|Cited Patent||Filing date||Publication date||Applicant||Title|
|US533801 *||Nov 6, 1894||Feb 5, 1895||Door-brace|
|US3597372 *||Oct 31, 1960||Aug 3, 1971||Raychem Corp||Products and process for production of the same|
|US4302577 *||Feb 4, 1980||Nov 24, 1981||Biomed Research Inc.||Process for preparing CSA or CSC|
|US4311628 *||Oct 22, 1979||Jan 19, 1982||Monsanto Company||Thermoplastic elastomeric blends of olefin rubber and polyolefin resin|
|US4459385 *||Nov 26, 1982||Jul 10, 1984||Shell Oil Company||Propylene polymer compositions|
|US4514465 *||May 30, 1984||Apr 30, 1985||W. R. Grace & Co., Cryovac Div.||Storm window film comprising at least five layers|
|US4532189 *||Nov 18, 1983||Jul 30, 1985||W. R. Grace & Co., Cryovac Div.||Linear polyethylene shrink films|
|US4551380 *||May 10, 1984||Nov 5, 1985||W. R. Grace & Co., Cryovac Div.||Oriented heat-sealable multilayer packaging film|
|US4617241 *||Jan 23, 1984||Oct 14, 1986||W. R. Grace & Co., Cryovac Div.||Linear polyethylene stretch/shrink films|
|US4639487 *||Jul 11, 1984||Jan 27, 1987||Exxon Research & Engineering Co.||Heat shrinkable thermoplastic olefin composition|
|US4643943 *||Jan 24, 1985||Feb 17, 1987||W. R. Grace & Co., Cryovac Div.||Multi-layer polyolefin shrink film|
|US4724185 *||Sep 17, 1985||Feb 9, 1988||W. R. Grace & Co., Cryovac Div.||Oxygen barrier oriented film|
|US4863769 *||Apr 24, 1987||Sep 5, 1989||Viskase Corporation||Puncture resistant, heat-shrinkable films containing very low density polyethylene|
|US4894408 *||Aug 23, 1988||Jan 16, 1990||Exxon Chemical Patents Inc.||Thermoplastic olefin compositions of EPDM rubber and ethylene copolymer resin|
|US4908253 *||May 11, 1989||Mar 13, 1990||Rasmussen O B||High strength laminate with barrier layer|
|US4927708 *||Jul 26, 1988||May 22, 1990||W. R. Grace & Co.-Conn.||Flexible stretch/shrink film|
|US4978717 *||Apr 19, 1989||Dec 18, 1990||Exxon Chemical Patents Inc.||Thermoelastic composition of ethylene-1-olefin copolymer and rubber|
|US5210139 *||Feb 6, 1991||May 11, 1993||Exxon Chemical Patents Inc.||Thermoplastic olefin alloys and method for producing the same|
|EP0276908A1 *||Jan 7, 1988||Aug 3, 1988||Exxon Chemical Patents Inc.||Retort pouch and coextruded film therefor|
|EP0308106A2 *||Sep 1, 1988||Mar 22, 1989||W.R. Grace & Co.-Conn.||Polyolefin films with improved oxygen transmission|
|EP0565938A1 *||Mar 29, 1993||Oct 20, 1993||Nitto Denko Corporation||Porous film, process for producing the same, and use|
|GB1209825A *||Title not available|
|GB2037660A *||Title not available|
|1||"Ionmers," Encyclopedia of Polymer Science and Engineering, vol. 6, p. 423, 1985.|
|2||*||Ionmers, Encyclopedia of Polymer Science and Engineering, vol. 6, p. 423, 1985.|
|3||Schut, "Enter a New Generation of Polyolefins," Plastics Technology, pp. 15-17, Nov. 1991.|
|4||*||Schut, Enter a New Generation of Polyolefins, Plastics Technology, pp. 15 17, Nov. 1991.|
|5||*||US Development of In Situ Quantum Chemical pp. 1382 1384 1991.|
|6||US Development of In-Situ Quantum Chemical pp. 1382-1384 1991.|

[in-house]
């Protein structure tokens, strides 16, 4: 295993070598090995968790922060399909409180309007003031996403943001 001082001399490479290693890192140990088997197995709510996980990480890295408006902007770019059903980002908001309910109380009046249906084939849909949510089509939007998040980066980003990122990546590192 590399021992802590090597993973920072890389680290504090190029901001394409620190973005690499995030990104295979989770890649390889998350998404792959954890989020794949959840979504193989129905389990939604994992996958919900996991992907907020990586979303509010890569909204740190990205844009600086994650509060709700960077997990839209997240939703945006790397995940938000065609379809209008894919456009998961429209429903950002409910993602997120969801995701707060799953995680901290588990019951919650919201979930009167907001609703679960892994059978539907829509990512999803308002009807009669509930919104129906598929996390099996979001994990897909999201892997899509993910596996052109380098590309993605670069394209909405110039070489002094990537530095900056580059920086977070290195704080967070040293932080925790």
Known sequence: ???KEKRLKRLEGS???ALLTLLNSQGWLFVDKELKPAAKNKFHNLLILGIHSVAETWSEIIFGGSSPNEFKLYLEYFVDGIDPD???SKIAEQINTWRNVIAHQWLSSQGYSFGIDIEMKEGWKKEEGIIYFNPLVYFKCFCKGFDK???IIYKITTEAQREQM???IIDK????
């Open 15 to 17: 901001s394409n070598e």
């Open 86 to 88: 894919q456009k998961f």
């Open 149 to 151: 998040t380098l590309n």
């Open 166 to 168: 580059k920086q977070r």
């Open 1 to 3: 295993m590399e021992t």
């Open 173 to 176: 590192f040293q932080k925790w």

|7||*||US Eastman Introduces TPOS Newfocus p. 57 Mar. 1994.|
|8||*||US Emac Resins as Alternativ Chevron Speciality Mar. 8, 1994.|
|9||*||US In Reactor TPOS New Products p. 72 Apr. 1994.|
|10||US In-Reactor TPOS New Products p. 72 Apr. 1994.|
|11||*||US Novel Olefin Copolymers Technology News pp. 28 31 Jun. 1993.|
|12||US Novel Olefin Copolymers Technology News pp. 28-31 Jun. 1993.|
|13||*||US Polyolefin Modi Exact Polyolefines VIIII Feb. 1993.|
|14||*||US Reactor Thermoplastic POL Exxtral p. 02, 1992.|
|15||*||US Reactor TPOS Starting IM Technology News p. 31 Jul. 1992.|
|16||*||US Successful TPO Painting Himont Antec pp. 1507 1508 1991.|
|17||US Successful TPO Painting Himont Antec pp. 1507-1508 1991.|
|18||*||US Thermoplastic Polyolefins PW Resin Profile p. 67 Mar. 1995.|
|19||Van der Sanden and Halle, "A new family of linear ethylene polymers provides enhanced sealig performance" Tappi Journal, pp. 99-103, Feb. 1992.|
|20||*||Van der Sanden and Halle, A new family of linear ethylene polymers provides enhanced sealig performance Tappi Journal, pp. 99 103, Feb. 1992.|
|Citing Patent||Filing date||Publication date||Applicant||Title|
|US20040147677 *||Dec 5, 2003||Jul 29, 2004||Jonas Angus||Thermoplastic vulcanizates|
|US20060008666 *||Jul 6, 2004||Jan 12, 2006||Miller Mark B||Heat shrinkable film using a blend of polypropylene impact copolymer, syndiotactic polypropylene and/or polypropylene random copolymer|
|EP1920919A1 *||Aug 29, 2006||May 14, 2008||Tetra Laval Holdings & Finance SA||Packaging layered material|
|U.S. Classification||428/500, 428/34.9, 428/516, 428/520, 428/515, 428/517, 428/910|
|International Classification||B32B27/28, B32B27/16, B32B27/08, B32B7/02, B65D1/00, B32B27/32, B32B7/12|
|Cooperative Classification||Y10T428/31913, Y10T428/31855, Y10T428/31909, Y10T428/31928, Y10T428/31917, Y10T428/1328, Y10S428/91, B32B27/32|
|Nov 7, 1994||AS||Assignment|
Owner name: W.R. GRACE & CO.-CONN., SOUTH CAROLINA
Free format text: ASSIGNMENT OF ASSIGNORS INTEREST;ASSIGNOR:WILBURN, DANIEL S.;REEL/FRAME:007224/0106
Effective date: 19941107
|Aug 17, 1998||AS||Assignment|
Owner name: CRYOVAC, INC., SOUTH CAROLINA
Free format text: ASSIGNMENT OF ASSIGNORS INTEREST;ASSIGNOR:W.R. GRACE & CO.-CONN.;REEL/FRAME:009405/0001
Effective date: 19980814
|Jul 11, 2002||FPAY||Fee payment|
Year of fee payment: 4
|Aug 23, 2006||REMI||Maintenance fee reminder mailed|
|Feb 2, 2007||LAPS||Lapse for failure to pay maintenance fees|
|Apr 3, 2007||FP||Expired due to failure to pay maintenance fee|
Effective date: 20070202